Though it seems modern, it isn’t. Jealousy and envy are not interchangeable (jealousy is the fear you will lose something you value, whereas envy is the desire to have what another has) but they are very similar and work together in that the jealous person is fearful of the envy aroused in others, while the envious person seeks ways to poison the fortune of the successful, who may or not be jealous. Ah! There’s that word: poison.

The first documented use of the phrase in the English language goes back to William Shakespeare, who used the phrase “green-eyed jealousy” in his play The Merchant of Venice (1596) and in Othello (1604) where it became “the green-eyed monster.” Later, in Antony and Cleopatra it’s called “the green sickness.”

Desdemona proclaims her innocence in response to Othello’s jealousy, which has been stoked by the envy of Iago.

Both are powerful emotions, that’s for sure. Envy is one of the Seven Deadly Sins, and jealousy part of the quartet that includes Love, Indifference, and Sadness.

Jalousie, one of the Four Emotions serigraph series by Russian artist and stylist Erte. Note how the lady is transforming into a green serpent.

As with all emotions, too much of them can make you sick, as in lovesick or sick with anger, and the sickness is not entirely metaphorical. Someone caught in the throes of unrequited love can slowly waste away from lack or sleep or eating. What else causes such deterioration? A slow poisoning by heavy metals — mercury, cadmium, lead, arsenic.

It’s doubtful Shakespeare knew of arsenic’s dangers. In his time, such substances were still respected members of an alchemist’s toolkit and often used by quack doctors, who still took the Four Humours approach to human disease: Blood, phlegm, yellow bile, and black bile. Yellowish skin and eyes meant not liver failure (as could be caused by poisoning) but an excess of yellow bile, which had to be corrected by ministrations that built up the body’s supply of blood, its opposite. Such treatments often caused more harm if they didn’t kill the patient.

But the point is, jaundice was still a serious symptom for serious disease, and on the pale complexions of Northern Europeans that yellowish tint often gave them a subtle greenish hue. To turn green meant you were deathly sick, not just a little sick. Thus, Shakespeare was alluding to the power of jealousy — and envy — as emotions.

It’s hard to see the green tint in this screen grab, but he was very green, perhaps to make him pop out against that pink headboard.

A wonderful example of the poison/envy connection is seen in the 1984 movie Amadeus starring Tom Hulce as Mozart and F. Murray Abraham as Salieri, his musical rival at Court. In the movie Salieri is beside himself with envy of Mozart’s talent which dwarfs his own, so he decides to poison him. Near the end of the movie, as Mozart lays in his deathbed with his skin a pale, sweaty, greenish color, he innocently dictates his final musical masterpiece to Salieri, who then claims it as his own. It’s a wonderful depiction of envy in action and how poisonous that envy is. Of course, the joke’s on Salieri, who later goes insane and is put in a madhouse.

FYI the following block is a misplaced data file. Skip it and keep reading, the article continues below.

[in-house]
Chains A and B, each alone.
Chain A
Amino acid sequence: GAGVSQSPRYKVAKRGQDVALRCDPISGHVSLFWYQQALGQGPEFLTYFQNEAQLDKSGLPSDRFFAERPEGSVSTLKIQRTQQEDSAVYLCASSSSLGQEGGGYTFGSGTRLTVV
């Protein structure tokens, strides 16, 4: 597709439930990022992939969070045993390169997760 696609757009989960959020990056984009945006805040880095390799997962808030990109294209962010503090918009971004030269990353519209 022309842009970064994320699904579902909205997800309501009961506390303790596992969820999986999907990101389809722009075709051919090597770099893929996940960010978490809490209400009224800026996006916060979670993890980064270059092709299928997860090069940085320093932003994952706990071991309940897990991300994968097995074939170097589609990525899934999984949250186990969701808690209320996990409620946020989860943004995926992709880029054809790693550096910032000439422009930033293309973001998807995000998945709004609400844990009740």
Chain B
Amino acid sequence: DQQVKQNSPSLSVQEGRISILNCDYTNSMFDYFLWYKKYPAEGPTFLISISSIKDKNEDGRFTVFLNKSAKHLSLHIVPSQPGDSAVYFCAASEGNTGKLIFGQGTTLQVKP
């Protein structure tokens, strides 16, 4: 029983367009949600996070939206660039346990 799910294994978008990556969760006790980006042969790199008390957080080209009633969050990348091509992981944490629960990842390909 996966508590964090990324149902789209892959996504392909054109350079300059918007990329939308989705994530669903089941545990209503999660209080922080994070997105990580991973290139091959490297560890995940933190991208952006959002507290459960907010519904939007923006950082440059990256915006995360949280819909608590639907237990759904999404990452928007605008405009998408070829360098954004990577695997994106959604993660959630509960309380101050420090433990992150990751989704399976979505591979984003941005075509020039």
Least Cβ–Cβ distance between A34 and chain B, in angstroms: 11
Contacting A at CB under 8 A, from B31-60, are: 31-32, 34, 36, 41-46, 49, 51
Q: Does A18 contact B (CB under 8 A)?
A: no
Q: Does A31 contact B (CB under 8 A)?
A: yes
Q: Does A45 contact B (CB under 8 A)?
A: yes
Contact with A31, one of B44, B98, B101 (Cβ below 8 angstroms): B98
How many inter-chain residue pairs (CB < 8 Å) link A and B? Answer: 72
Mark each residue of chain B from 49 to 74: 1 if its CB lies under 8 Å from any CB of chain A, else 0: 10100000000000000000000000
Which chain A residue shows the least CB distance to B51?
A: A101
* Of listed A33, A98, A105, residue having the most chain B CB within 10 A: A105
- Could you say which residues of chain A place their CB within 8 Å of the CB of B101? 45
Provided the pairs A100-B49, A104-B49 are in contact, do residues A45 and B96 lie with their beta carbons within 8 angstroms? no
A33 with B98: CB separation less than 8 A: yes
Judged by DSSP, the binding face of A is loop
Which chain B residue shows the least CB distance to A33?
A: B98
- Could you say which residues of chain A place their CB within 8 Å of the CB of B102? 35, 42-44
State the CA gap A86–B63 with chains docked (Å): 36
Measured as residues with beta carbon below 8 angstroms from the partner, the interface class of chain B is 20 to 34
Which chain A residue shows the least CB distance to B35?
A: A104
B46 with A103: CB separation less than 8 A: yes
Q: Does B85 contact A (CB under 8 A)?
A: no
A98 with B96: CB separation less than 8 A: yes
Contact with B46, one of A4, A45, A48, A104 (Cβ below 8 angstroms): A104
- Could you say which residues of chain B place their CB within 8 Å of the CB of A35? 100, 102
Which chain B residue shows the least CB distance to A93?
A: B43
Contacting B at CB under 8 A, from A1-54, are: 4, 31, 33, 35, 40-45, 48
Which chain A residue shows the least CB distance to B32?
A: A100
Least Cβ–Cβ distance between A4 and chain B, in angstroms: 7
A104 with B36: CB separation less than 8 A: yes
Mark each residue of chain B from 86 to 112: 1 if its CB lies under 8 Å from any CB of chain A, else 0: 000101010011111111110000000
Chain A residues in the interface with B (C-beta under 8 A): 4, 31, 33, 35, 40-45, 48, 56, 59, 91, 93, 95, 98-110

In real life — as opposed to fiction — there was never any proof Mozart was poisoned, though rumors of the deed swirled around enough that Salieri did, in fact, have a nervous breakdown over it and attempted suicide in his 70s. Ironically, it was the movie that revived interest in his music, which had been long forgotten, and in the present he is enjoying a renaissance.

The power of envy is also shown in this powerful painting by Pre-Raphaelite painter John William Waterhouse.

Known as Circe Invidiosa, it depicts Circe, the sorceress of Greek myth, pouring poison into the pool where the nymph Scylla is soon to bathe. Scylla is the unrealizing crush of Glaucus, the human man Circe covets and cannot have, so she pours out her anger and envy in the form of green poison that will transform Scylla into a monster. The electric citrine may allude to the Scheele’s green and Paris green scandals of the past, as well as containing, in the green oil paint, poison of its own.

Though not stated outright by Lewis the Green Witch was jealous of her captive prince. Always she endeavored to keep him under her control, and he was never let “outside” except in a suit of black armor that hid his body and face, a sort of male burqa. And one could argue that envy sparked her murder of Rilian’s mother because of her great beauty and celestial purity, as opposed to the Green Witch’s earthbound, slimy nature. Yes, I know snakes are not slimy, but when she was killed, she certainly spouted a lot of foul ichor.

Absinthe, envy, and poisoned green dye: What a combination! What other color would Lewis have chosen for his formidable witch?